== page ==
Sunday, August 16, 2009

Michael Vick and the Ideal of Forgiveness

One of the consistent themes in the Michael Vick 'saga', whether you are pro or con, is the notion of forgiveness. Many have brought up the 'debt' that Vick has 'paid' to society through his time spent at Leavenworth and the time he may have spent 'thinking' about what he had done. At the same time, it seems that many people want to embrace the mantra of 'forgive and forget'.

Except this time.

I have never been a big fan of the 'forgive and forget' school of attitudes, because if someone has wronged you, why would you ever want to forget that? The problem is, of course, that there are a lot of people who want neither to forgive nor forget. Forgive? Absolutely, since we are called to do by God to 'forgive those who trespass against us'. That does beg the question - against whom exactly did Vick trespass? The dogs, certainly, but they don't have the ability to forgive.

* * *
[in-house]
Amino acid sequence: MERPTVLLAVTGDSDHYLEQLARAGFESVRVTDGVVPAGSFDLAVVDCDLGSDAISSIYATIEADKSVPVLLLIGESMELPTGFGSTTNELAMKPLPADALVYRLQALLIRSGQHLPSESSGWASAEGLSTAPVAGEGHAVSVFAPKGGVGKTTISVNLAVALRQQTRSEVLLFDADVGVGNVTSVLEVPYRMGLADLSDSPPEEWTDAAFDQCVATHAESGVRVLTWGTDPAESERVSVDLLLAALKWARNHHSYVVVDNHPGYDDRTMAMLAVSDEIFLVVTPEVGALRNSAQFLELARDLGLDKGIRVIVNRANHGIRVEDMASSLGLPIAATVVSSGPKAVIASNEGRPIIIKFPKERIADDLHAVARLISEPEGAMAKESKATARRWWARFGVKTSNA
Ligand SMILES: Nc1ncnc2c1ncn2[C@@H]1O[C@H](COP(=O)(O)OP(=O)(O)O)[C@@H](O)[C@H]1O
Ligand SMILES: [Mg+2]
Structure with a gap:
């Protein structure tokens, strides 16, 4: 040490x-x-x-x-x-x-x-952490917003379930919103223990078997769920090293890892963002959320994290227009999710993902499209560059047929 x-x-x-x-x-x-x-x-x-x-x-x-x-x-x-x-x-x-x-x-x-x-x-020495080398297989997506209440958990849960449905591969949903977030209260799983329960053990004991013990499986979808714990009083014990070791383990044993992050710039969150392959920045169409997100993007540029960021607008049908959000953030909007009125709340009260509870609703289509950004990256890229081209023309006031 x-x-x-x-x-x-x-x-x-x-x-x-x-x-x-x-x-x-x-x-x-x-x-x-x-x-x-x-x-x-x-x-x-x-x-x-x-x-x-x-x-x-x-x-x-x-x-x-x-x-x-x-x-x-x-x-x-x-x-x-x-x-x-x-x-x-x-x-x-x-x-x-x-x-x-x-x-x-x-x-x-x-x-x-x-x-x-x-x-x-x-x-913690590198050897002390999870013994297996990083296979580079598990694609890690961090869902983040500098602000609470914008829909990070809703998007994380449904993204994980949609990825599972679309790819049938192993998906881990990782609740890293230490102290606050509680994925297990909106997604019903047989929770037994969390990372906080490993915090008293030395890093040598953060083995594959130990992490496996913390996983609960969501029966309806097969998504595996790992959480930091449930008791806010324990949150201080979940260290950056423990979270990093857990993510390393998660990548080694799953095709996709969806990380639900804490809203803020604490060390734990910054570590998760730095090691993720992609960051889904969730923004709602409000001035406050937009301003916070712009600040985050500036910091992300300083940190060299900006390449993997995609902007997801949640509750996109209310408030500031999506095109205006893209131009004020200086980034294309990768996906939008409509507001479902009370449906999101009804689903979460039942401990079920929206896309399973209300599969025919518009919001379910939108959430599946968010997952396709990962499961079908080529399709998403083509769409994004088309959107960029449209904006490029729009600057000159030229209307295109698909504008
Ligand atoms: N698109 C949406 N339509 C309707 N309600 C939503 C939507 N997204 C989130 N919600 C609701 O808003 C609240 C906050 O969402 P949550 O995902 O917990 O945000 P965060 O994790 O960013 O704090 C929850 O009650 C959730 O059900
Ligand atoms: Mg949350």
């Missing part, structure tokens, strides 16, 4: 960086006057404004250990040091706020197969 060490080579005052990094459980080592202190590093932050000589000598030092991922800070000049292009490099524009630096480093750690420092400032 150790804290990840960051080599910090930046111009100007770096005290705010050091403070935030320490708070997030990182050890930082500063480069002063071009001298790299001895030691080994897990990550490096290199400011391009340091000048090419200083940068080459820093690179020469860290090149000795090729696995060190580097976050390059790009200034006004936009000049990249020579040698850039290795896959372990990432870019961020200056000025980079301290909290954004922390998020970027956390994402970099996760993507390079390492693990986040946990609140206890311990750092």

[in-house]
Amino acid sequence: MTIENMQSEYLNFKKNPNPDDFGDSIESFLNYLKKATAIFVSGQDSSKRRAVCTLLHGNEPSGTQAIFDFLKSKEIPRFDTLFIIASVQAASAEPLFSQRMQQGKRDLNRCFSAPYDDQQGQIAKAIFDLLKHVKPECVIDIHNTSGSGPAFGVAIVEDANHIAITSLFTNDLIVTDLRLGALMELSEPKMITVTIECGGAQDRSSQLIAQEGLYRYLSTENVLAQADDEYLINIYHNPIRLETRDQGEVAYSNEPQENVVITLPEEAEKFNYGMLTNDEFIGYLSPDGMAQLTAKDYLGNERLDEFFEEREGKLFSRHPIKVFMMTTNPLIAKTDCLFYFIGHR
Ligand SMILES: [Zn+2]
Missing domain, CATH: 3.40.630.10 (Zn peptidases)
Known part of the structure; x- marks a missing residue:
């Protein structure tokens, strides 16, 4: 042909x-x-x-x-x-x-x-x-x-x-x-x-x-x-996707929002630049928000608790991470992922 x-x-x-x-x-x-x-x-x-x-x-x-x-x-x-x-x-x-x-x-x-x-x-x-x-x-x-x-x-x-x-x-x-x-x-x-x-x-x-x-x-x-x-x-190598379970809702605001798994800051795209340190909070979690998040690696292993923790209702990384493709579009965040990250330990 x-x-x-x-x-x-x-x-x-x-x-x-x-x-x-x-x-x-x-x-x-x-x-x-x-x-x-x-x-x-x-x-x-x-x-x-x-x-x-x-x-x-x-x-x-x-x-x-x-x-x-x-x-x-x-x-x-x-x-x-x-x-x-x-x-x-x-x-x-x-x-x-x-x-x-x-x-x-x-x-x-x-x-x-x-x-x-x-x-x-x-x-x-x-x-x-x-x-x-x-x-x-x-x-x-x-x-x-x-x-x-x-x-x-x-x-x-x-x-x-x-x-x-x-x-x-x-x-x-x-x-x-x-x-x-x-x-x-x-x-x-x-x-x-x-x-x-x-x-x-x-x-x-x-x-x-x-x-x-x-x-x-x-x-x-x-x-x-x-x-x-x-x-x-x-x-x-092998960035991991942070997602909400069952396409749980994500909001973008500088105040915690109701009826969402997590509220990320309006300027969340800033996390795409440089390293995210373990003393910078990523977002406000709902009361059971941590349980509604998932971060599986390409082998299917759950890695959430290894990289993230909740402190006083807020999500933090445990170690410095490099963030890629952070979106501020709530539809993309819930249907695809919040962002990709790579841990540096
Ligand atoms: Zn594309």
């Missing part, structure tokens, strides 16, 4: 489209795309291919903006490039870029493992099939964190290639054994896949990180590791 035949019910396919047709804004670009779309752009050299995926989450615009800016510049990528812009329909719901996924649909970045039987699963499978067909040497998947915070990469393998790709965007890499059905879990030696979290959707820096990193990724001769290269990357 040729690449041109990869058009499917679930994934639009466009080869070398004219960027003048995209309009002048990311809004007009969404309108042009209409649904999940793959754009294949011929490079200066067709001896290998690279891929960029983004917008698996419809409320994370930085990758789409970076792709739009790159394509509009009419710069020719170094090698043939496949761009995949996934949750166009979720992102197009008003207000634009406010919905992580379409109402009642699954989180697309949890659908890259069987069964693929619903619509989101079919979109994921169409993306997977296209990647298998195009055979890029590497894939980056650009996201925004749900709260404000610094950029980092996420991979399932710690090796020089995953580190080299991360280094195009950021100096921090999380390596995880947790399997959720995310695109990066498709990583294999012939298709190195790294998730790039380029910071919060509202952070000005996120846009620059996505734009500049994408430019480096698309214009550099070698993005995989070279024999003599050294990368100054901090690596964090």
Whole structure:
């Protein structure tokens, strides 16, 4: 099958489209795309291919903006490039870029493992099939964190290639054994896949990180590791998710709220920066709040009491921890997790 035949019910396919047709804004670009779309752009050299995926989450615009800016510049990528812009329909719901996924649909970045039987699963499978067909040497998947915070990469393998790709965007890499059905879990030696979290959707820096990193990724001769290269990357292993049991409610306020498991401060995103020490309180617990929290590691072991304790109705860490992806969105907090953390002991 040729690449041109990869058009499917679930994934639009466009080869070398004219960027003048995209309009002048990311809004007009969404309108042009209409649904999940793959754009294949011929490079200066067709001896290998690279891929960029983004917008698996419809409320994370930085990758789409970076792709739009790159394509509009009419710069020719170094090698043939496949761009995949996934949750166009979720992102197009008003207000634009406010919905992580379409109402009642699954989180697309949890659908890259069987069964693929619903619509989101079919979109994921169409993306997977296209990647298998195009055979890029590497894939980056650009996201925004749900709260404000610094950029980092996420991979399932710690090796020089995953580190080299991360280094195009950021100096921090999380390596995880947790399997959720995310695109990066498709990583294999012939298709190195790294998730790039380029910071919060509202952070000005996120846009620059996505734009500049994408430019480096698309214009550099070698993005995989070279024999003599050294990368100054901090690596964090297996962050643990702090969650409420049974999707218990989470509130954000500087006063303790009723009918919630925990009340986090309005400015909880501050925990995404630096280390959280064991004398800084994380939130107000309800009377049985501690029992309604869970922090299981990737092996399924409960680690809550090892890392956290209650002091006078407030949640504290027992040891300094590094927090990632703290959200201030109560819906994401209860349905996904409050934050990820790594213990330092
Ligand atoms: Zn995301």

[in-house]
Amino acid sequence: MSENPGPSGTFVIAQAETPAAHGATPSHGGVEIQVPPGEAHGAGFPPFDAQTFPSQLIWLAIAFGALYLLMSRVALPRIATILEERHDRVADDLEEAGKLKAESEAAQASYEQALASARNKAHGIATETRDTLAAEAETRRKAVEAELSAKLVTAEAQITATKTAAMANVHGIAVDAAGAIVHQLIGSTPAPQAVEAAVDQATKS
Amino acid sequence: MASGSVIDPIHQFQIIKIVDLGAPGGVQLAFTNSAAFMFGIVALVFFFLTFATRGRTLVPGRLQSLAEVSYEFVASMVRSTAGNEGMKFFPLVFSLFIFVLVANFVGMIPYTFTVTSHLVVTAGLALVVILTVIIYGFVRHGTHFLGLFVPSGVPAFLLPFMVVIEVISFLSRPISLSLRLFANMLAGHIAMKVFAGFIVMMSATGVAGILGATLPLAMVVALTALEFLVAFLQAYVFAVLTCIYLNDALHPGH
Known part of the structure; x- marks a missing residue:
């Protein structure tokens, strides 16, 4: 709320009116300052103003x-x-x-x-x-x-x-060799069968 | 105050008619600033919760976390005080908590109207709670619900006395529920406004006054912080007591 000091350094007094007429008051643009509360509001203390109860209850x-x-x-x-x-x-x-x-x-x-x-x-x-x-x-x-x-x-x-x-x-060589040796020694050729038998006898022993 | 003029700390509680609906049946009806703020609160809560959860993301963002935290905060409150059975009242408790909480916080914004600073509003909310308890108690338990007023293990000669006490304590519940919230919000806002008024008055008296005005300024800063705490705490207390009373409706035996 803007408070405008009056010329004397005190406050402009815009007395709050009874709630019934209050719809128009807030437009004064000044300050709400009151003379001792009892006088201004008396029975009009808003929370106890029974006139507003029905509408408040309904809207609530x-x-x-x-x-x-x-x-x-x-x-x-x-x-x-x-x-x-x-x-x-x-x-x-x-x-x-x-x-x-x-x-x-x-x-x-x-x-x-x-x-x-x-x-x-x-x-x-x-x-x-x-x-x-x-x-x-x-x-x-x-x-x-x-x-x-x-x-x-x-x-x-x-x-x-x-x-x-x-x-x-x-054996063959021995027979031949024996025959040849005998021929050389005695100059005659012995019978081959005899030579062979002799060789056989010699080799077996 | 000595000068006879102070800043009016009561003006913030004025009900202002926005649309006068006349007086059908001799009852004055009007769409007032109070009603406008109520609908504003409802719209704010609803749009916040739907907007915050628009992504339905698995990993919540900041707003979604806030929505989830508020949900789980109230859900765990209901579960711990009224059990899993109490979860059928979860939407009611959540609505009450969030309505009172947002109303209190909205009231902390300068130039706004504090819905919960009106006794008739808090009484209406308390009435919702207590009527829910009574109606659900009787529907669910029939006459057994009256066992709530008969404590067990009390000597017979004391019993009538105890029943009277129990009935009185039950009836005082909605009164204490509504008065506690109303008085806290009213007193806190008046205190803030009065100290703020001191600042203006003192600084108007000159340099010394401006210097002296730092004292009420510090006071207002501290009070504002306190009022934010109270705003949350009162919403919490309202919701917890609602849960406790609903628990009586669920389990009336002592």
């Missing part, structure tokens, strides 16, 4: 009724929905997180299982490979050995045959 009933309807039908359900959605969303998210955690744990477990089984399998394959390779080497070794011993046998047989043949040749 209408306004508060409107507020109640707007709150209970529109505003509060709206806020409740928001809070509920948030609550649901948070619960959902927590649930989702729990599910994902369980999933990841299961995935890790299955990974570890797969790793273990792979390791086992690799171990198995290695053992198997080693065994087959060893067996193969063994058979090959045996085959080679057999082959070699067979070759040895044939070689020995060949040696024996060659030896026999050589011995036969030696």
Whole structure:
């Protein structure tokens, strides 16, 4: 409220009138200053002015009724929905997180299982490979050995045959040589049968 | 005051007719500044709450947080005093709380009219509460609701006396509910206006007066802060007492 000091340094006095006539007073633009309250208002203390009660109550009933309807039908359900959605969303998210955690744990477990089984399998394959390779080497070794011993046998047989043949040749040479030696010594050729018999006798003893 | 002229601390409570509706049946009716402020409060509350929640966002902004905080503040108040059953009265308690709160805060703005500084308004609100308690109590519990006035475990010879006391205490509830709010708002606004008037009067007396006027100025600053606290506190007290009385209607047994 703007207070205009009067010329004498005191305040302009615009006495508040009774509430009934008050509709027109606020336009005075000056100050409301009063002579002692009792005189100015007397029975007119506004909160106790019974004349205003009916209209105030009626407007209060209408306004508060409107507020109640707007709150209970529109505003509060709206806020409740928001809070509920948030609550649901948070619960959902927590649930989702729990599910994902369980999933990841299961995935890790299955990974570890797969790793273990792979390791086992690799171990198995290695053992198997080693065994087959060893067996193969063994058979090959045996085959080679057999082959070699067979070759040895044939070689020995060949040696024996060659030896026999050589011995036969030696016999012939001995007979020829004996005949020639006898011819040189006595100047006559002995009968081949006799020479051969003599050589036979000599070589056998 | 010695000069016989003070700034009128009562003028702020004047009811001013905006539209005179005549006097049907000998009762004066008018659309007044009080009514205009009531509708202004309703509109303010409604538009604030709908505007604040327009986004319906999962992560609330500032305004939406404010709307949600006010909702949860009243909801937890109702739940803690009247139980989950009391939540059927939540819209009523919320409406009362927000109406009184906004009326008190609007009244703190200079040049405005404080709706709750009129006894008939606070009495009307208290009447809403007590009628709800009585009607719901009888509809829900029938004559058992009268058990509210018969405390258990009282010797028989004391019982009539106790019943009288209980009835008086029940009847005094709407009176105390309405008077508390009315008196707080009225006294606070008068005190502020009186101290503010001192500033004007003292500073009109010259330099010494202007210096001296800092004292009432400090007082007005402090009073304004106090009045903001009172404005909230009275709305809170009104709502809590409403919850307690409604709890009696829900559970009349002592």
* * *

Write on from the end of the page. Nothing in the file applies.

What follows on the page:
Thus we tend to embody society as a victim of trespassing on the part of Vick, but we always must be careful not to overplay that; the reason is that sin and wrongdoing is personal, and therefore the recipient is often on a personal level as well. Dog owners may be disgusted by everything that happened, and may take it personally, but there is a unnecessary tendency to over-dramatize how personal it is.

The dangers are shown in the excessive hand-wringing (and hypocrisy - but that's a different post) that we are seeing on the part of many fans, dog-lovers, and assorted others who have decided to inject themselves into the story (i.e. PETA). The hand-wringing has bothered me because the people indulging in it have a) decided that the time Vick has served 'cannot ever be enough'; that is, they want him to continuously suffer personally for it, and b) want to remind him of it at every possible turn. The latter is more reasonable, as it is an indicator of his wrongdoings, which is fine, but the desire to perpetually punish someone becomes unreasonable; eventually people are going to have to get past it.

In other words, you forgive, but you never forget.

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